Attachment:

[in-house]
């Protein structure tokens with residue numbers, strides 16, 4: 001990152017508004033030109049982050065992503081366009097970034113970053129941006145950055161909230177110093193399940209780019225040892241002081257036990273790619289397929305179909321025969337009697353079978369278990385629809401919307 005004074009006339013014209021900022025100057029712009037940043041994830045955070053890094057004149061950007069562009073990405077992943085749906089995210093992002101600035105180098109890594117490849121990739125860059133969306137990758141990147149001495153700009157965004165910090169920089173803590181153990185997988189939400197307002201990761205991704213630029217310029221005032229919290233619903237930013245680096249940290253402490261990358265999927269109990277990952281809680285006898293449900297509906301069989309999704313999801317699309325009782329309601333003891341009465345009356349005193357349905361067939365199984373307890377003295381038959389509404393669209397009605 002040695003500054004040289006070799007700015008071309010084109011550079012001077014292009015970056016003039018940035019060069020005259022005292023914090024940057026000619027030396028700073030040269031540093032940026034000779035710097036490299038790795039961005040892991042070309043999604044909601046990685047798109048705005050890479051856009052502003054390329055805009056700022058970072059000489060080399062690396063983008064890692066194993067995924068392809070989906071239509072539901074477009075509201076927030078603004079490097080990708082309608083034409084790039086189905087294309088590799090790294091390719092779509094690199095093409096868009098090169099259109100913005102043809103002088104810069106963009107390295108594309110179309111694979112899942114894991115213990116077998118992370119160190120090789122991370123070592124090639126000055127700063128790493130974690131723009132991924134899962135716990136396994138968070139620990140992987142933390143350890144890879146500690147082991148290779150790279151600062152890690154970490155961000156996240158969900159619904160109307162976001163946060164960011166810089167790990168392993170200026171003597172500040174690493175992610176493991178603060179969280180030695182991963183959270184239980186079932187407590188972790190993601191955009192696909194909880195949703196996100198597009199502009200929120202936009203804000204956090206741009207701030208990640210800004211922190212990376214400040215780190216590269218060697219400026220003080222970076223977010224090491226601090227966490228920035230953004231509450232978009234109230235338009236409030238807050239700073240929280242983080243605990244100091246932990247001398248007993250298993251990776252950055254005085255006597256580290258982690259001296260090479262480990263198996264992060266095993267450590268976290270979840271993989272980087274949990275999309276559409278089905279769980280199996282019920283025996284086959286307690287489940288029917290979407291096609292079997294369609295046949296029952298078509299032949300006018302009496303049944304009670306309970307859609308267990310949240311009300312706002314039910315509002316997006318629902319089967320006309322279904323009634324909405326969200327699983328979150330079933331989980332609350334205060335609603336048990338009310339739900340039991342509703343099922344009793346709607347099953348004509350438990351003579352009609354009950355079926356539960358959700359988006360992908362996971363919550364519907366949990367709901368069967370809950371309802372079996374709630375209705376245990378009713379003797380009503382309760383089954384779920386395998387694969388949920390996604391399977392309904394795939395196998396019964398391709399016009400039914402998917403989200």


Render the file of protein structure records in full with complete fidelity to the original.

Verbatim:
[in-house]
């Protein structure tokens with residue numbers, strides 16, 4: 001990152017508004033030109049982050065992503081366009097970034113970053129941006145950055161909230177110093193399940209780019225040892241002081257036990273790619289397929305179909321025969337009697353079978369278990385629809401919307 005004074009006339013014209021900022025100057029712009037940043041994830045955070053890094057004149061950007069562009073990405077992943085749906089995210093992002101600035105180098109890594117490849121990739125860059133969306137990758141990147149001495153700009157965004165910090169920089173803590181153990185997988189939400197307002201990761205991704213630029217310029221005032229919290233619903237930013245680096249940290253402490261990358265999927269109990277990952281809680285006898293449900297509906301069989309999704313999801317699309325009782329309601333003891341009465345009356349005193357349905361067939365199984373307890377003295381038959389509404393669209397009605 002040695003500054004040289006070799007700015008071309010084109011550079012001077014292009015970056016003039018940035019060069020005259022005292023914090024940057026000619027030396028700073030040269031540093032940026034000779035710097036490299038790795039961005040892991042070309043999604044909601046990685047798109048705005050890479051856009052502003054390329055805009056700022058970072059000489060080399062690396063983008064890692066194993067995924068392809070989906071239509072539901074477009075509201076927030078603004079490097080990708082309608083034409084790039086189905087294309088590799090790294091390719092779509094690199095093409096868009098090169099259109100913005102043809103002088104810069106963009107390295108594309110179309111694979112899942114894991115213990116077998118992370119160190120090789122991370123070592124090639126000055127700063128790493130974690131723009132991924134899962135716990136396994138968070139620990140992987142933390143350890144890879146500690147082991148290779150790279151600062152890690154970490155961000156996240158969900159619904160109307162976001163946060164960011166810089167790990168392993170200026171003597172500040174690493175992610176493991178603060179969280180030695182991963183959270184239980186079932187407590188972790190993601191955009192696909194909880195949703196996100198597009199502009200929120202936009203804000204956090206741009207701030208990640210800004211922190212990376214400040215780190216590269218060697219400026220003080222970076223977010224090491226601090227966490228920035230953004231509450232978009234109230235338009236409030238807050239700073240929280242983080243605990244100091246932990247001398248007993250298993251990776252950055254005085255006597256580290258982690259001296260090479262480990263198996264992060266095993267450590268976290270979840271993989272980087274949990275999309276559409278089905279769980280199996282019920283025996284086959286307690287489940288029917290979407291096609292079997294369609295046949296029952298078509299032949300006018302009496303049944304009670306309970307859609308267990310949240311009300312706002314039910315509002316997006318629902319089967320006309322279904323009634324909405326969200327699983328979150330079933331989980332609350334205060335609603336048990338009310339739900340039991342509703343099922344009793346709607347099953348004509350438990351003579352009609354009950355079926356539960358959700359988006360992908362996971363919550364519907366949990367709901368069967370809950371309802372079996374709630375209705376245990378009713379003797380009503382309760383089954384779920386395998387694969388949920390996604391399977392309904394795939395196998396019964398391709399016009400039914402998917403989200």